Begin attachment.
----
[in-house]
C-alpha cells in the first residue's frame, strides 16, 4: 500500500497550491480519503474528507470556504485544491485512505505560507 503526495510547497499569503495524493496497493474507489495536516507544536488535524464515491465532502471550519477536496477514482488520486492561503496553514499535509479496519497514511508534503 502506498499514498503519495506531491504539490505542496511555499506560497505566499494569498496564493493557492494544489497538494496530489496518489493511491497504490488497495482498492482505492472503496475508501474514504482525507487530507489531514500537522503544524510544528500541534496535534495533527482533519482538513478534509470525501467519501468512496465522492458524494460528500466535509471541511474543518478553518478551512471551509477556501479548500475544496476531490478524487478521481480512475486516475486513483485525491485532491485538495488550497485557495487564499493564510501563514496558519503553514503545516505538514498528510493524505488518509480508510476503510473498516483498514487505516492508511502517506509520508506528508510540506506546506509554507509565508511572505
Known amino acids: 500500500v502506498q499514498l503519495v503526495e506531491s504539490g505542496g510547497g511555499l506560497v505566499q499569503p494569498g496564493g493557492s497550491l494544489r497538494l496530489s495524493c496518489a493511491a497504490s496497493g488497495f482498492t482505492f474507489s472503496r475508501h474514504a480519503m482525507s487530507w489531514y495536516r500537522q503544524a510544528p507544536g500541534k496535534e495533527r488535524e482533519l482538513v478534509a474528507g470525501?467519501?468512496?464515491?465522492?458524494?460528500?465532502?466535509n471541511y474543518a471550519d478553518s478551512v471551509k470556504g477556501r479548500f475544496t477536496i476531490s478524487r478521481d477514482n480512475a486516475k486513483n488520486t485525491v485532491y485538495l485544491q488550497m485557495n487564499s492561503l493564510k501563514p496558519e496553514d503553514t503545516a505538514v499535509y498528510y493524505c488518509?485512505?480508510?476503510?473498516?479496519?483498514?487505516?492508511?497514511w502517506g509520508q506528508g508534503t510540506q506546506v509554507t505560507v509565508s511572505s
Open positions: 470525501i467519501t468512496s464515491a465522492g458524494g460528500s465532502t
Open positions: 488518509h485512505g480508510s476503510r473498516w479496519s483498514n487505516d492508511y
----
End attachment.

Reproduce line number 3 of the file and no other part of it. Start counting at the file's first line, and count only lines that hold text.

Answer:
Known amino acids: 500500500v502506498q499514498l503519495v503526495e506531491s504539490g505542496g510547497g511555499l506560497v505566499q499569503p494569498g496564493g493557492s497550491l494544489r497538494l496530489s495524493c496518489a493511491a497504490s496497493g488497495f482498492t482505492f474507489s472503496r475508501h474514504a480519503m482525507s487530507w489531514y495536516r500537522q503544524a510544528p507544536g500541534k496535534e495533527r488535524e482533519l482538513v478534509a474528507g470525501?467519501?468512496?464515491?465522492?458524494?460528500?465532502?466535509n471541511y474543518a471550519d478553518s478551512v471551509k470556504g477556501r479548500f475544496t477536496i476531490s478524487r478521481d477514482n480512475a486516475k486513483n488520486t485525491v485532491y485538495l485544491q488550497m485557495n487564499s492561503l493564510k501563514p496558519e496553514d503553514t503545516a505538514v499535509y498528510y493524505c488518509?485512505?480508510?476503510?473498516?479496519?483498514?487505516?492508511?497514511w502517506g509520508q506528508g508534503t510540506q506546506v509554507t505560507v509565508s511572505s